Midway and environs have become an upscale bedroom community for Frankfort and Lexington. The cute downtown, bisected by a railroad, has several excellent bars and restaurants. Most notable among them is Ouita Michel's Holly Hill Inn.
If you head into Western Kentucky, the land gets flatter and the local specialty is meat. Owensboro is famous for its burgoo, a meaty stew, and mutton barbecue. Moonlite and Old Hickory are two well known purveyors, but there are many others. The annual festival is in May.
The whole state of Kentucky is full of great barbecue places, and Wes Berry has tried them all. Happily, he wrote a book about it.
Head toward the Tennessee border and ham tops the menu. Dry-cured country ham is the main attraction, but it's all good. Most ham curers also make incredible sausage, bacon and other pork products, and being cured they travel well. Here again, there are many high quality outfits such as Newsom's, Broadbent, Finchville, and Gatton Farms.
For something a little healthier, consider a salad of Bibb lettuce. This tasty variety was developed in the backyard of Jack Bibb's Grey Gables house in Frankfort. Bibb served during the War of 1812 and represented Logan County in the Kentucky House of Representatives and the state Senate from 1827 to 1834. An amateur horticulturist, he developed the lettuce and shared the seeds with friends. It was first commercially produced in 1935. For more, go here.
Wednesday, October 9, 2013
I released the new issue of The Bourbon Country Reader to the printer today. That means it will go into the mail in a few days. Subscribers should have them by this time next week, or thereabouts.
"Thereabouts" is a very important word in The Bourbon Country Reader's promise to our faithful subscribers, that we publish every other month, "or thereabouts." The "thereabouts" this time was a big one. The last issue, which said June on the masthead, actually went out in early July.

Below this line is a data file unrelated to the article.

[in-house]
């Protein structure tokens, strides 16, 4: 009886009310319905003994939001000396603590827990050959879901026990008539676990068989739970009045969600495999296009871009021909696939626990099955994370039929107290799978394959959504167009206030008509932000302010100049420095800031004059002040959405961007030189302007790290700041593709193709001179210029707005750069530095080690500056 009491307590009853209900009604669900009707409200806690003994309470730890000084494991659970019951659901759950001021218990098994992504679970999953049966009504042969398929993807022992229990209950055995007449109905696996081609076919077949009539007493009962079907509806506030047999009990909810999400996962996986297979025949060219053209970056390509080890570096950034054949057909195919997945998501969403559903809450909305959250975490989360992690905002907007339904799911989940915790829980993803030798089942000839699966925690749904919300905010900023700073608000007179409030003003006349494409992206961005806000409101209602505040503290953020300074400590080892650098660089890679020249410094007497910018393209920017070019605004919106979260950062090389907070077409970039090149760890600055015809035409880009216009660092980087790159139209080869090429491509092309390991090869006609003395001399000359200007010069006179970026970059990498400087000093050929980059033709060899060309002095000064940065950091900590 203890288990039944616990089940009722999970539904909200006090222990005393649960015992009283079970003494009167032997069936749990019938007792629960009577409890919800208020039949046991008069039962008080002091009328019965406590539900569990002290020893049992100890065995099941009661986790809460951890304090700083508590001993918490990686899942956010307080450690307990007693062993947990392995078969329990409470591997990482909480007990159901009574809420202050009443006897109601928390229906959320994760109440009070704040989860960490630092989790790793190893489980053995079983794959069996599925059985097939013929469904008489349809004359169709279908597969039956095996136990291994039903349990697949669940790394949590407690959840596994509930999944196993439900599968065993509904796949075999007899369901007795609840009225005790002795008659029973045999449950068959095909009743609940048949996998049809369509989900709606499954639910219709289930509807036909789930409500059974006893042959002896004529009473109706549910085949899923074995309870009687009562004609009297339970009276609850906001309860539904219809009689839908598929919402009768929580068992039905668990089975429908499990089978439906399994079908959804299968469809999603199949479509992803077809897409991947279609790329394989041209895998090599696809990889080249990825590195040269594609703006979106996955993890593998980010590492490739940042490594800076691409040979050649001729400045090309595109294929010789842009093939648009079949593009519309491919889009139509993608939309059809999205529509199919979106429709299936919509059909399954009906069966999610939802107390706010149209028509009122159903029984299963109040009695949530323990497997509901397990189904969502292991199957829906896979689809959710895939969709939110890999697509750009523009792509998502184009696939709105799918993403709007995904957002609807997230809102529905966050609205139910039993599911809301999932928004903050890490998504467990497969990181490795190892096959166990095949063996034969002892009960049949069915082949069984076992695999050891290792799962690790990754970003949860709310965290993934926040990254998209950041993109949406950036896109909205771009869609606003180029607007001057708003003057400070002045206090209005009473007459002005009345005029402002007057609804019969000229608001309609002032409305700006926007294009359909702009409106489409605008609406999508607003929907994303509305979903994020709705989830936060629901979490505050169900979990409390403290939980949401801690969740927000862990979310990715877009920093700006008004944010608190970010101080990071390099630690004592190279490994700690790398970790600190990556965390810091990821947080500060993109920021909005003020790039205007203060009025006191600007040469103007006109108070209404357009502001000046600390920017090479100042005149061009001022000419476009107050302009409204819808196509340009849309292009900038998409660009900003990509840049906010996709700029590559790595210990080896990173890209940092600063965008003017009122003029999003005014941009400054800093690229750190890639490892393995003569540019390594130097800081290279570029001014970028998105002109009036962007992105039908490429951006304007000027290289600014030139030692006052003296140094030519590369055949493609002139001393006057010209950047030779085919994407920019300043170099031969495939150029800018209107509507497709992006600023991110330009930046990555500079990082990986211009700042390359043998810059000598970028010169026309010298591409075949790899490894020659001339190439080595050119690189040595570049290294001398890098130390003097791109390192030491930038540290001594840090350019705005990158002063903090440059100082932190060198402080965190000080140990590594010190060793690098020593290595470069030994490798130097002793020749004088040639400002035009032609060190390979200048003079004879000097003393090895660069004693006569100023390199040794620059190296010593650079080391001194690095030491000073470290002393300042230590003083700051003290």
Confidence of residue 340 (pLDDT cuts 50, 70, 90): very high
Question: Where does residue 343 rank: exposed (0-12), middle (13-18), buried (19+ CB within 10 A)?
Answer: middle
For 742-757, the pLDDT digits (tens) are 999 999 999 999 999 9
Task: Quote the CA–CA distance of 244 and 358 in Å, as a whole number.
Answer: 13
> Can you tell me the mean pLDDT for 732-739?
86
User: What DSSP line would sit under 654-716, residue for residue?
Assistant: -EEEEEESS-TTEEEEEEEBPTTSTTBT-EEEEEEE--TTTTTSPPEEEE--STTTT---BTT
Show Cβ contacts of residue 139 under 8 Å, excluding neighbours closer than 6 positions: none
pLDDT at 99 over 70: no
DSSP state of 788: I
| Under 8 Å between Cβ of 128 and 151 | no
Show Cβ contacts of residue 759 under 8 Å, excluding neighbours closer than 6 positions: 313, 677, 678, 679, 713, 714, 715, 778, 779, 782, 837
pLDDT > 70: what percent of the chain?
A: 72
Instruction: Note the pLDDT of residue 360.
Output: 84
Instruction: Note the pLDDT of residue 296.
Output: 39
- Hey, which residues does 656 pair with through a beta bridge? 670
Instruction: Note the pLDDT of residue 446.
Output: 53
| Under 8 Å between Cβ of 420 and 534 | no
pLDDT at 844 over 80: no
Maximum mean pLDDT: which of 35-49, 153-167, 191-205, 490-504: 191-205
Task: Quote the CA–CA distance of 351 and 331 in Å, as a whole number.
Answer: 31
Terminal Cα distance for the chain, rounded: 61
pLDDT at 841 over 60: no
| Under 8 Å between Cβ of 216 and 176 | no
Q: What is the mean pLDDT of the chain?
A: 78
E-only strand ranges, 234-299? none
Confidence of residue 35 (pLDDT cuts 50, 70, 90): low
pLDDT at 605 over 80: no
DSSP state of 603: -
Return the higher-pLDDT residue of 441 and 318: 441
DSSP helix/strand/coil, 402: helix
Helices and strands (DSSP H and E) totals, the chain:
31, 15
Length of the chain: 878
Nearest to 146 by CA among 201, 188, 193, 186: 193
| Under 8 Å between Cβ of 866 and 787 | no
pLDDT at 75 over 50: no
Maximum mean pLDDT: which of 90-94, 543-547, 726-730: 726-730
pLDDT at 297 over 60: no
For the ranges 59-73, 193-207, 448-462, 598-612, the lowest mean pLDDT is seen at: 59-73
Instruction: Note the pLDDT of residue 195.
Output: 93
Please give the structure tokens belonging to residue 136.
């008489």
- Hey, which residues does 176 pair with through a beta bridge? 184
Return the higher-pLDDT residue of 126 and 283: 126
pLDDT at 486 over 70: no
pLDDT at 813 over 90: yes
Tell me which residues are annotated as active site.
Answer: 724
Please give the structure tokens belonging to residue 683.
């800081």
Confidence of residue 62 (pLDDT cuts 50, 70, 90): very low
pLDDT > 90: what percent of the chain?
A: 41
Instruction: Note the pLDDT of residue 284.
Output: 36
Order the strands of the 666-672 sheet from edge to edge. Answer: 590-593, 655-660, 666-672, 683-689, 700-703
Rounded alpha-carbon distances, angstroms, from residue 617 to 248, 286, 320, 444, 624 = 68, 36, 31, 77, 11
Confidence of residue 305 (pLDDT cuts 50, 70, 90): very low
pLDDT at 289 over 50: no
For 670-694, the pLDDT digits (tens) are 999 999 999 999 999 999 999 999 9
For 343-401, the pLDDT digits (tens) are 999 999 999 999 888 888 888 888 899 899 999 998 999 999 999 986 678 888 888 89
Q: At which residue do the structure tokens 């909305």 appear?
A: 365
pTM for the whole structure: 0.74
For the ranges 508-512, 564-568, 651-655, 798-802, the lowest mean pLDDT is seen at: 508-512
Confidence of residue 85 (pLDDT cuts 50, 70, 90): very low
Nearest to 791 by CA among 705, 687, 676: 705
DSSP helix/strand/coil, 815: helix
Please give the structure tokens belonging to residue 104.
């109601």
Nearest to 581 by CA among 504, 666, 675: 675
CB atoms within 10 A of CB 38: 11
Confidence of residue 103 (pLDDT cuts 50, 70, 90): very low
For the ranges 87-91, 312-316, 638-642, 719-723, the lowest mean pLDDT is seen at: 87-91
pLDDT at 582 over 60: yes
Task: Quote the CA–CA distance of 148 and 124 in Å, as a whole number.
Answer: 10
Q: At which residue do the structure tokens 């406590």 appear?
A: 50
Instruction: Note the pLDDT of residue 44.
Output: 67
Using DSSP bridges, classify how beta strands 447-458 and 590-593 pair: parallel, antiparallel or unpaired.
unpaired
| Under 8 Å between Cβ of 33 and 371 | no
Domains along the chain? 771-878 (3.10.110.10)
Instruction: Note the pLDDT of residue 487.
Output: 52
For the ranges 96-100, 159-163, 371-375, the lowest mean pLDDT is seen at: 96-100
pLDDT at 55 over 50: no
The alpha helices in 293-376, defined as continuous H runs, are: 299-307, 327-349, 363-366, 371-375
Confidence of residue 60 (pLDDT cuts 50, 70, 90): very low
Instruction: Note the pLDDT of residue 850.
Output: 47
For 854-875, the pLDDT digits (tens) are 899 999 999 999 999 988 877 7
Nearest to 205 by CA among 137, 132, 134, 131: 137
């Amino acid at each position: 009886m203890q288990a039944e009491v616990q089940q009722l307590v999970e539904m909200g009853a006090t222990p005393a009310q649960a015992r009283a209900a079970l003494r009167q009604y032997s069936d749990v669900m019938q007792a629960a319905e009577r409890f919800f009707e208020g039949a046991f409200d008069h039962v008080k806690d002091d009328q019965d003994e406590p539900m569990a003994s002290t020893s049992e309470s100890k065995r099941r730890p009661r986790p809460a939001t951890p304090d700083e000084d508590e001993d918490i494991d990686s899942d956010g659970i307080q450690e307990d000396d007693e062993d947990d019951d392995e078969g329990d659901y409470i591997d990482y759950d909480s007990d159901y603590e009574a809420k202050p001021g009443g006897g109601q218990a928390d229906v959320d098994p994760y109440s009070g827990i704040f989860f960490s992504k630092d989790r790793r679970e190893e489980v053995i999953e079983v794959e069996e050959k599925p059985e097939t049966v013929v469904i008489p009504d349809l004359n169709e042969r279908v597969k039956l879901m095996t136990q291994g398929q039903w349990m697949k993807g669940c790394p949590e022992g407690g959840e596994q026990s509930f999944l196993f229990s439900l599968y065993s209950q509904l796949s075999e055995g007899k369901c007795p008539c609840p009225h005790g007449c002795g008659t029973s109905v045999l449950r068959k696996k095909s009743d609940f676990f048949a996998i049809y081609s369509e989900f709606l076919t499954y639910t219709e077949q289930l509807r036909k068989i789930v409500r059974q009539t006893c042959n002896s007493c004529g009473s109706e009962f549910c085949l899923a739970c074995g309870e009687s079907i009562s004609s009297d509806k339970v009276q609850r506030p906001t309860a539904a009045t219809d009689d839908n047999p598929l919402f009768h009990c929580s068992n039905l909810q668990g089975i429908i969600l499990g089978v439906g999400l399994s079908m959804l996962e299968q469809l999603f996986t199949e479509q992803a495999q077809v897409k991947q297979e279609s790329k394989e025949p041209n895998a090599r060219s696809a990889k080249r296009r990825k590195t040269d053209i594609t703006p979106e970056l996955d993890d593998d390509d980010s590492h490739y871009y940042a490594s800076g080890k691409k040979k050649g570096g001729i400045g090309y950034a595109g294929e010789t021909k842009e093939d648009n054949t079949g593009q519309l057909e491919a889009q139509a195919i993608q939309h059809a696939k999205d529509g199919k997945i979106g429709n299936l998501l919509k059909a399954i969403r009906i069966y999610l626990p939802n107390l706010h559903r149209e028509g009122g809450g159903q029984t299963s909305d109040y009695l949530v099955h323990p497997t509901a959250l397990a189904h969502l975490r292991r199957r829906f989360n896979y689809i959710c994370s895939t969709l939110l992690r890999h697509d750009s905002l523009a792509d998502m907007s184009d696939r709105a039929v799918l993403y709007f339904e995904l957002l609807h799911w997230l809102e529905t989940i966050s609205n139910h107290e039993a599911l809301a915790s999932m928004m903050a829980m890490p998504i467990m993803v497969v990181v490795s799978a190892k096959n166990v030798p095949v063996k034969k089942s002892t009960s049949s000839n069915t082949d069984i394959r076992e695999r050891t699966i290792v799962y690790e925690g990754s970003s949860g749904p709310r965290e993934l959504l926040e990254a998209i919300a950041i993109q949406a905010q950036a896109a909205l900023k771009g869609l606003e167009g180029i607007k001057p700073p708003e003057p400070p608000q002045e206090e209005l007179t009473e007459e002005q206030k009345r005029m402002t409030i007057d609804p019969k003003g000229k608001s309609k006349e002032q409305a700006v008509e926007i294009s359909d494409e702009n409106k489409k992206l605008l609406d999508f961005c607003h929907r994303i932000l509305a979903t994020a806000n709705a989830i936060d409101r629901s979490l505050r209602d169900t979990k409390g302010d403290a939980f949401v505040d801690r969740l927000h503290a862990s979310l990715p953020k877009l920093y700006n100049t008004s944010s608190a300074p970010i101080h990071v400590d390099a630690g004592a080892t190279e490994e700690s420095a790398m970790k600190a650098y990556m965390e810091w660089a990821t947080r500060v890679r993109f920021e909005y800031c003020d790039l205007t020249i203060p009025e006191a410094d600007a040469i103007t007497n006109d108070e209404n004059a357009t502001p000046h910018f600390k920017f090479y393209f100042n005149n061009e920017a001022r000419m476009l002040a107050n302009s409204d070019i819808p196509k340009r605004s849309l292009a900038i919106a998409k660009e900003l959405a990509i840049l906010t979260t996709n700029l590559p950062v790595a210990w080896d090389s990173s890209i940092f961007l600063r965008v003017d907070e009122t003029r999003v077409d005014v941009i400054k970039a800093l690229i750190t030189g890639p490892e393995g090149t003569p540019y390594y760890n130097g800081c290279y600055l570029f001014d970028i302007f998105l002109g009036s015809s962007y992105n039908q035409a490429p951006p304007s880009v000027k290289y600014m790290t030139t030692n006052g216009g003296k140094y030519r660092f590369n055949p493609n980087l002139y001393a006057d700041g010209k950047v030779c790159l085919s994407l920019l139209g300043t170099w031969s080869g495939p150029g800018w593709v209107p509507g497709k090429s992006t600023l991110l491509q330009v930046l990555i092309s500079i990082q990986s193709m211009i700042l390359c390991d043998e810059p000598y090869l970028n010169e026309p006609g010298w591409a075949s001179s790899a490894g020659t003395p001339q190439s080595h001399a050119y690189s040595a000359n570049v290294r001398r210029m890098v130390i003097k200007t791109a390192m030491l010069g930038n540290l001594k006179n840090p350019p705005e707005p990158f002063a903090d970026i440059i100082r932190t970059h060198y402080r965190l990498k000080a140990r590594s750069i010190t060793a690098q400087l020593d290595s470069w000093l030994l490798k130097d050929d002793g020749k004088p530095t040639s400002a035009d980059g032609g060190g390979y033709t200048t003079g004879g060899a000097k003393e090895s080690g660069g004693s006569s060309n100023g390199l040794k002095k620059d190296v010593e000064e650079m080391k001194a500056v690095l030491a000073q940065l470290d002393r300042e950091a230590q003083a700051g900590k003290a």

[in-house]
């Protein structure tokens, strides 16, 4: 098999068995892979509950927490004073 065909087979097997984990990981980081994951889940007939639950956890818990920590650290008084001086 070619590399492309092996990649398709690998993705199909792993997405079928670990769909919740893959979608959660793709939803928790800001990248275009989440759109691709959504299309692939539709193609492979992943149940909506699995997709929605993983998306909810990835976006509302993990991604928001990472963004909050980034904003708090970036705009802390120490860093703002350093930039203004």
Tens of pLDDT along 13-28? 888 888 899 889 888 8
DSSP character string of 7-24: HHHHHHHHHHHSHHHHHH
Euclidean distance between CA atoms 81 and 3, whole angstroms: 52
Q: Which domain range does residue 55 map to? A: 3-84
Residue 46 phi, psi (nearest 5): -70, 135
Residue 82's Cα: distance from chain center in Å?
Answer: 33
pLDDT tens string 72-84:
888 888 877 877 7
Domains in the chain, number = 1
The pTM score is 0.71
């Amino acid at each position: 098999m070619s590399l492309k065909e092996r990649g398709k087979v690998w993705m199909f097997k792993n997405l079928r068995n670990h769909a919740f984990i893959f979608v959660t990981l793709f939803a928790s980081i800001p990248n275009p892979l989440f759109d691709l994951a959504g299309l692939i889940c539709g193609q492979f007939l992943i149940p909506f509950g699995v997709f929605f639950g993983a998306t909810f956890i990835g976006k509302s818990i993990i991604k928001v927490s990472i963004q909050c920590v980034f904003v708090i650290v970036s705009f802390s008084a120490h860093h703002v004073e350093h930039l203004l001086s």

I won't make excuses. Sometimes it's just hard to get them out. That's what the "thereabouts" is for.
Last time, we explored where non-distiller producers (NDPs) get their whiskey. That was a good issue. So is this one. It is one of our rare 'all reviews' issues. Seems like a good time for one, right before the holiday shopping season. There is, in fact, a story about that very thing, and why your favorite whiskeys just might not be the best gifts.
Do you know what does make a great gift? A subscription to The Bourbon Country Reader!
The Bourbon Country Reader lets me go into more depth on subjects I may touch on here on the blog. The simple pitch is this. If you're into bourbon, you really should subscribe to The Bourbon Country Reader. It is produced and delivered the old-fashioned way; ink on paper, in an envelope, brought personally to your home or office by a uniformed representative of the United States government. (Separately budgeted, so not subject to shutdown.)
How much would you expect to pay for six issues of such a stellar publication? $300? $500? But you won't pay that. You won't pay $100, or even $50. You won't even pay $25 (unless your mailbox is outside the USA). A six-issue subscription is still just $20!!!
The Bourbon Country Reader is always independent and idiosyncratic and has no distillery affiliation. Subscriptions are $20 for U.S. addresses and $25 (a new lower price!) for everybody else. It is published six times a year, or thereabouts.
Click here or on any of the copious hyperlinks above to subscribe with PayPal or any major credit card, or for more information. Click here for a free sample issue (in PDF format). Click here to open or download the free PDF document, "The Bourbon Country Reader Issue Contents in Chronological Order." (It's like an index.)
If you prefer to pay by check, make it payable to Made and Bottled in Kentucky, and mail it to Made and Bottled in Kentucky, 3712 N. Broadway, PMB 298, Chicago, IL 60613-4198. Checks drawn on U.S. banks only, please.
Wednesday, October 2, 2013
According to Shanken News Daily this morning, "The government shutdown is starting to affect the beverage alcohol industry, with the Alcohol and Tobacco Tax and Trade Bureau halting label approval and permits for new production facilities. The shutdown will at least temporarily snarl as many as 400 label approvals a day, and the large numbers of craft breweries and distilleries currently in the planning stages will have to wait longer for permits. The bureau said, however, that its website will continue to be available and drinks companies will 'continue to be able to file electronic payments and returns for federal excise taxes and operational reports.'”